anti trans rally 2

Proud Boys gathered as U.S. Sen. Marsha Blackburn speaks against transgender health care, Oct. 21, 2022

The U.S. Department of Justice stepped in Wednesday in an attempt to block a Tennessee law that bans gender-affirming care for minors. The American Civil Liberties Union and others brought a lawsuit against the state last week on behalf of families with transgender children, including one Nashville family. 

The DOJ is asking the U.S. District Court for Middle Tennessee to issue an immediate order to prevent the law from going into effect on July 1. The ban violates the 14th Amendment’s Equal Protection Clause by “discriminating on the basis of both sex and transgender status,” the department says in a press release.  

As written, the law prohibits doctors from providing puberty blockers, hormone treatment and surgeries to transgender youth. It also provides a path for parents to sue if the care happened without their consent and for people who received gender-affirming care as minors to sue their medical providers as adults.

“Left unchallenged, it would prohibit transgender children from receiving health care that their medical providers and their parents have determined to be medically necessary,” Henry Leventis, U.S. attorney for the Middle District of Tennessee, says in the release. “In doing so, the law seeks to substitute the judgment of trained medical professionals and parents with that of elected officials and codifies discrimination against children who already face far too many obstacles.”

Tennessee Attorney General Jonathan Skrmetti and Gov. Bill Lee released statements standing by the ban.  

“The federal government has joined the ACLU and an elite New York law firm in attacking a bipartisan law that protects children from irreversible harm,” Skrmetti says in a statement. (Three House Democrats joined supermajority Republicans in supporting the bill, while no Senate Democrats voted for it.) “I welcome the opportunity to litigate these issues and vigorously defend Tennessee’s law.”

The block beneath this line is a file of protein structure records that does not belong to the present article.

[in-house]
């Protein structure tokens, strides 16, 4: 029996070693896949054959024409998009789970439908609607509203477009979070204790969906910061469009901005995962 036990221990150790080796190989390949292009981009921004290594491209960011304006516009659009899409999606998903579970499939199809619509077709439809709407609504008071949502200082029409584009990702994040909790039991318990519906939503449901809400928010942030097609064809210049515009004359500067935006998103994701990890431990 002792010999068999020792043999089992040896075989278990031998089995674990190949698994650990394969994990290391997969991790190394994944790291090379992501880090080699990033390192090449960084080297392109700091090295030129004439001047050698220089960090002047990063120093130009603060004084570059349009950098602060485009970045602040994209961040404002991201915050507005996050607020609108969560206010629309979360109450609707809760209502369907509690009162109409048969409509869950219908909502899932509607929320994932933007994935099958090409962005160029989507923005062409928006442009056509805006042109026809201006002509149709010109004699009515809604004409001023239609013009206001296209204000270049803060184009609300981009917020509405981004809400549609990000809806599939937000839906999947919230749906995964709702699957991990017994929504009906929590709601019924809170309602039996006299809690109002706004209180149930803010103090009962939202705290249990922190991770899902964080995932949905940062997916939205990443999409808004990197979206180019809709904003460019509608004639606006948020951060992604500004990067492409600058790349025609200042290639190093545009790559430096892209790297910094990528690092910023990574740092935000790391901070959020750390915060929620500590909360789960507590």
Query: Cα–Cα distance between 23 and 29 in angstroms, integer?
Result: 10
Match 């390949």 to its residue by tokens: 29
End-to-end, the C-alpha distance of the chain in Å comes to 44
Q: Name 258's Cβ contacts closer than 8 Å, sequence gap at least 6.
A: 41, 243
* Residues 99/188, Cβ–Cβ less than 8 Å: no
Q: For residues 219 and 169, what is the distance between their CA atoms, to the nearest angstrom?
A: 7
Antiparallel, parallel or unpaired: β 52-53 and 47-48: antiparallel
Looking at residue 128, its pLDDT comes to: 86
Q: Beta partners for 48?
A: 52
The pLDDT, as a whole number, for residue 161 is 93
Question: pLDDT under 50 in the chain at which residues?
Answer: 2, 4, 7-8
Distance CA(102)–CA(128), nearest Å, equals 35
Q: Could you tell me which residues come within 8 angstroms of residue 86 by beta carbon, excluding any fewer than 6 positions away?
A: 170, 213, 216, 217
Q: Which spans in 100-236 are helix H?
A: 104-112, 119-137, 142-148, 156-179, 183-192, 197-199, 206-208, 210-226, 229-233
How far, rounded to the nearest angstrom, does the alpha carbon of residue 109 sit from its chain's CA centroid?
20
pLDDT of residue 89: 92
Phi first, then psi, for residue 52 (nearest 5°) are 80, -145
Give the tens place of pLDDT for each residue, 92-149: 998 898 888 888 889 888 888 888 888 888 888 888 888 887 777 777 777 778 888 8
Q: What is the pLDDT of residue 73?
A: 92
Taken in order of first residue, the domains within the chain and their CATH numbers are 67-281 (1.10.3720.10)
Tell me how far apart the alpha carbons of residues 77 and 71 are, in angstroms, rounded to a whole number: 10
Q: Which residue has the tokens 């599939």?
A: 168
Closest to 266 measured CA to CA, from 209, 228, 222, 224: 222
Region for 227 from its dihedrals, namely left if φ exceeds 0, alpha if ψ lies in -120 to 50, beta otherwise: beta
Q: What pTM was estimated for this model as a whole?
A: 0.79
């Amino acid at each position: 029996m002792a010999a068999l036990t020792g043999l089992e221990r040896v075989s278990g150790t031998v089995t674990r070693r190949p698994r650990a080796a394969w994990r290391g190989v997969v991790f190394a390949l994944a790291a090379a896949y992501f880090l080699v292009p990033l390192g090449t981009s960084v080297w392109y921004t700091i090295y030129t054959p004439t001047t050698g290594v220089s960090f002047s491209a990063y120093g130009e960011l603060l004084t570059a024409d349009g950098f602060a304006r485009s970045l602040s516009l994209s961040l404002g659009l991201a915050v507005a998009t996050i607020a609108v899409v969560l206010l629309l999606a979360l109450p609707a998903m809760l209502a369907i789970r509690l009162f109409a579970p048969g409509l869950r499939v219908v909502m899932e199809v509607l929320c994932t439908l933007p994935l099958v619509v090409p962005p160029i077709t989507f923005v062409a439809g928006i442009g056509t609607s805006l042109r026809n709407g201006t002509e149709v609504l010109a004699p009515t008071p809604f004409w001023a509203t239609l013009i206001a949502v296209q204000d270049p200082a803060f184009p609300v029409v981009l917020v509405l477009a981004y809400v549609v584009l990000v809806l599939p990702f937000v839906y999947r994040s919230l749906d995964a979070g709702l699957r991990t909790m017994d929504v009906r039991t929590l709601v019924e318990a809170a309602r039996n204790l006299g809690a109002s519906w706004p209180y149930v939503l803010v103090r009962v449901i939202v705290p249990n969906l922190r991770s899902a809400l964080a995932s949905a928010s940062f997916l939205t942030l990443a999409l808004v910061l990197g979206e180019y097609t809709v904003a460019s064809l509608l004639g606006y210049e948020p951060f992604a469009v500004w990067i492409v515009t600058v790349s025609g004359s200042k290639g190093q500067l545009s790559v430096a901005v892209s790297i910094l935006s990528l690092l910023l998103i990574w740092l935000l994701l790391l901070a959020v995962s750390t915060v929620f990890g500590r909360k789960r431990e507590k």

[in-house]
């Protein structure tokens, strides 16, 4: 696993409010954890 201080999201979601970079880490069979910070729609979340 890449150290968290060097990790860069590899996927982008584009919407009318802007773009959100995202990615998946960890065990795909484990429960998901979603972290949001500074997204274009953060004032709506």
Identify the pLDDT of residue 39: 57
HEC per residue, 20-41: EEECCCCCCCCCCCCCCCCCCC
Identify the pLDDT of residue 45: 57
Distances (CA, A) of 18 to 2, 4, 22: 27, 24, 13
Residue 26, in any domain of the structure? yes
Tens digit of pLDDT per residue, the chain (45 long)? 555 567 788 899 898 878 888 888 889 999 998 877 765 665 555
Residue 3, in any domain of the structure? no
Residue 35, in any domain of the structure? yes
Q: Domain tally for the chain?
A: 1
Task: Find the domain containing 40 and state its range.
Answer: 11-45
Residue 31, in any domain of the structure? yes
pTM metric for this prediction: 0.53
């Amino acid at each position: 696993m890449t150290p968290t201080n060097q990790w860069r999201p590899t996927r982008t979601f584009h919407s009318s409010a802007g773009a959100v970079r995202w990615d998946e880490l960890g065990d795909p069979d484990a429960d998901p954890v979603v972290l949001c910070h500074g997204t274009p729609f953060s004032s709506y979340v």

Lee tweeted in support of Skrmetti: “Tennessee is committed to protecting children from permanent, life-altering decisions. This is federal overreach at its worst, and we will work with Attorney General Skrmetti to push back in court and stand up for children.”

The law was introduced by Senate Majority Leader Jack Johnson (R-Franklin) as SB1. He was among the legislators who stood in front of a crowd at an anti-trans rally in October and pledged to file such a bill. Lee signed HB1/SB1 into law on March 2. 

Tennessee is one of 11 states that has proposed a law limiting gender-affirming care for trans youth, but two states, Alabama and Arkansas, are ahead of Tennessee in the process. In 2021, Arkansas passed a similar law, and the ACLU sued. The case is ongoing. In 2022, Alabama was the first to make providing gender-affirming medical treatment a felony in the state. The U.S. Department of Justice promptly challenged the law, and eventually a judge ruled to allow hormones and puberty blockers but not surgeries. 

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